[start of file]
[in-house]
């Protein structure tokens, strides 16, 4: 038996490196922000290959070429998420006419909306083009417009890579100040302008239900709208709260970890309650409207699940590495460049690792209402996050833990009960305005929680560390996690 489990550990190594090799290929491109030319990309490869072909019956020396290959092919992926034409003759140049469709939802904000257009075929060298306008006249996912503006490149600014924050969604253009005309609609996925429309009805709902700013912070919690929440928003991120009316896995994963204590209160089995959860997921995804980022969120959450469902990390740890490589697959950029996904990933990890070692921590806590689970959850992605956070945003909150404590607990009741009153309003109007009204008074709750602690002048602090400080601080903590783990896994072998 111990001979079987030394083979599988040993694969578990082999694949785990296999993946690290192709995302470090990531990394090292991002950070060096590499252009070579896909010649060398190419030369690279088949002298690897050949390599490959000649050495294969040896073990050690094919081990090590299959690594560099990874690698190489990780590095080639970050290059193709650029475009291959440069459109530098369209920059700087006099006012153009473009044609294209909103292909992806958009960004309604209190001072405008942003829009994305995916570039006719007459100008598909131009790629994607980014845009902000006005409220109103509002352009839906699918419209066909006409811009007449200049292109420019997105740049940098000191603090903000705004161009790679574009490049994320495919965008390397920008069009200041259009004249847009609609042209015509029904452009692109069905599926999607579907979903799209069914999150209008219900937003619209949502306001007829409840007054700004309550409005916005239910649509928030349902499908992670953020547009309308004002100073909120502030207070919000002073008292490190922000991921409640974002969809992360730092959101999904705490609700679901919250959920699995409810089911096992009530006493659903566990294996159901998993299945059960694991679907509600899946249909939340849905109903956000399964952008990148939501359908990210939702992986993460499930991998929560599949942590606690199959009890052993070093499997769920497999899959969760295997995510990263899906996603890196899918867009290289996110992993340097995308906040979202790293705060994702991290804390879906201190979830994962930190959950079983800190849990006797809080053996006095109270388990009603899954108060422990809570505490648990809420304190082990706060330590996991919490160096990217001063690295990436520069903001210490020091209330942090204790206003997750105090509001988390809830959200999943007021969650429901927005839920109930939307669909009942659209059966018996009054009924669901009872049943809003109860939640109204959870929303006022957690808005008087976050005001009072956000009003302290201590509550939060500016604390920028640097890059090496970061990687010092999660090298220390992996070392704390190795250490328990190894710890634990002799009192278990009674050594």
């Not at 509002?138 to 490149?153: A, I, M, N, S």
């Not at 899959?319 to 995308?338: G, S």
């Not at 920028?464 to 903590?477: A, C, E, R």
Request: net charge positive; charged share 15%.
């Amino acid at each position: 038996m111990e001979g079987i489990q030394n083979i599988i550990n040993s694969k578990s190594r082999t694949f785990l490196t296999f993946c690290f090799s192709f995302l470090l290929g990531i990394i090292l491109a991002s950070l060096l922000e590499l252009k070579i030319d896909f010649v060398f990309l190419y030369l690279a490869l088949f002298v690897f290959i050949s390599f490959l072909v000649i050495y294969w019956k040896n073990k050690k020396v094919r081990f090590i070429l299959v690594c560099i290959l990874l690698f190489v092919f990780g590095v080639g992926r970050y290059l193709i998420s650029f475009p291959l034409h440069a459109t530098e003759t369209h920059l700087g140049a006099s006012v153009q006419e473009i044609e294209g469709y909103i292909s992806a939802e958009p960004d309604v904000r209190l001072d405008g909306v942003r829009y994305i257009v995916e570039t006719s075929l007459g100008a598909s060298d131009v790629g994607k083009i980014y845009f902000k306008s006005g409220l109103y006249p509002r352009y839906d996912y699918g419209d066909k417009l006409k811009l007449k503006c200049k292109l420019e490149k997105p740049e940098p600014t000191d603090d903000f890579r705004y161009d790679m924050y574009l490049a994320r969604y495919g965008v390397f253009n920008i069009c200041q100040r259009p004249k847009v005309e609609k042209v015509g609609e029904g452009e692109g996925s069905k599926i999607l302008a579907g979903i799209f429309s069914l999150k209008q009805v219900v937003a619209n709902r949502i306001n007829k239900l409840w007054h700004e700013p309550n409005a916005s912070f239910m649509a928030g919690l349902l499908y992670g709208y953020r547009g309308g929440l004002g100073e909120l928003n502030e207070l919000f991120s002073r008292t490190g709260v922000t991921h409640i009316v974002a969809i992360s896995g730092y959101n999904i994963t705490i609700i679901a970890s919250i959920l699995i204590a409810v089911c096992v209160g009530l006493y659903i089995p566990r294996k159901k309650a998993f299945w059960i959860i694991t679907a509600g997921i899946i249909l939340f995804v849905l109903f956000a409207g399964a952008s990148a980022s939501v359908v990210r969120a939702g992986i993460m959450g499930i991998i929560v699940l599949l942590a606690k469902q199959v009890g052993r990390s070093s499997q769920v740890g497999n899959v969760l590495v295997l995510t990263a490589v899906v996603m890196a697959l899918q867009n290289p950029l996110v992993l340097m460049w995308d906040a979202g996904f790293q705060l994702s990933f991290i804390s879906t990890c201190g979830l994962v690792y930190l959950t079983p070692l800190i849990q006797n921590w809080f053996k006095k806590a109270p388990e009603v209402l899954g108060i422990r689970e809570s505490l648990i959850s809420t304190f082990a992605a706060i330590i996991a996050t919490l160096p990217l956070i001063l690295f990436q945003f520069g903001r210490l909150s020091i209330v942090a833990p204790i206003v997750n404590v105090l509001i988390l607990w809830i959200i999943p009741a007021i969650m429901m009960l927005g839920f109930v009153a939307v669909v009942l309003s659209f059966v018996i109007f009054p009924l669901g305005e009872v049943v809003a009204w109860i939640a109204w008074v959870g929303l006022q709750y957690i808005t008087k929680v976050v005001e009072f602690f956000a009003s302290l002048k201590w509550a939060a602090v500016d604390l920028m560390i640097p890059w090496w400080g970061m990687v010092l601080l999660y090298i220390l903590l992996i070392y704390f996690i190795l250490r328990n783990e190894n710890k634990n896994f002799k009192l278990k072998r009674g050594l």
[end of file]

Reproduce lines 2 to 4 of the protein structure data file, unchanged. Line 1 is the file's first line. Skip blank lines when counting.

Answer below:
């Protein structure tokens, strides 16, 4: 038996490196922000290959070429998420006419909306083009417009890579100040302008239900709208709260970890309650409207699940590495460049690792209402996050833990009960305005929680560390996690 489990550990190594090799290929491109030319990309490869072909019956020396290959092919992926034409003759140049469709939802904000257009075929060298306008006249996912503006490149600014924050969604253009005309609609996925429309009805709902700013912070919690929440928003991120009316896995994963204590209160089995959860997921995804980022969120959450469902990390740890490589697959950029996904990933990890070692921590806590689970959850992605956070945003909150404590607990009741009153309003109007009204008074709750602690002048602090400080601080903590783990896994072998 111990001979079987030394083979599988040993694969578990082999694949785990296999993946690290192709995302470090990531990394090292991002950070060096590499252009070579896909010649060398190419030369690279088949002298690897050949390599490959000649050495294969040896073990050690094919081990090590299959690594560099990874690698190489990780590095080639970050290059193709650029475009291959440069459109530098369209920059700087006099006012153009473009044609294209909103292909992806958009960004309604209190001072405008942003829009994305995916570039006719007459100008598909131009790629994607980014845009902000006005409220109103509002352009839906699918419209066909006409811009007449200049292109420019997105740049940098000191603090903000705004161009790679574009490049994320495919965008390397920008069009200041259009004249847009609609042209015509029904452009692109069905599926999607579907979903799209069914999150209008219900937003619209949502306001007829409840007054700004309550409005916005239910649509928030349902499908992670953020547009309308004002100073909120502030207070919000002073008292490190922000991921409640974002969809992360730092959101999904705490609700679901919250959920699995409810089911096992009530006493659903566990294996159901998993299945059960694991679907509600899946249909939340849905109903956000399964952008990148939501359908990210939702992986993460499930991998929560599949942590606690199959009890052993070093499997769920497999899959969760295997995510990263899906996603890196899918867009290289996110992993340097995308906040979202790293705060994702991290804390879906201190979830994962930190959950079983800190849990006797809080053996006095109270388990009603899954108060422990809570505490648990809420304190082990706060330590996991919490160096990217001063690295990436520069903001210490020091209330942090204790206003997750105090509001988390809830959200999943007021969650429901927005839920109930939307669909009942659209059966018996009054009924669901009872049943809003109860939640109204959870929303006022957690808005008087976050005001009072956000009003302290201590509550939060500016604390920028640097890059090496970061990687010092999660090298220390992996070392704390190795250490328990190894710890634990002799009192278990009674050594």
């Not at 509002?138 to 490149?153: A, I, M, N, S």
């Not at 899959?319 to 995308?338: G, S």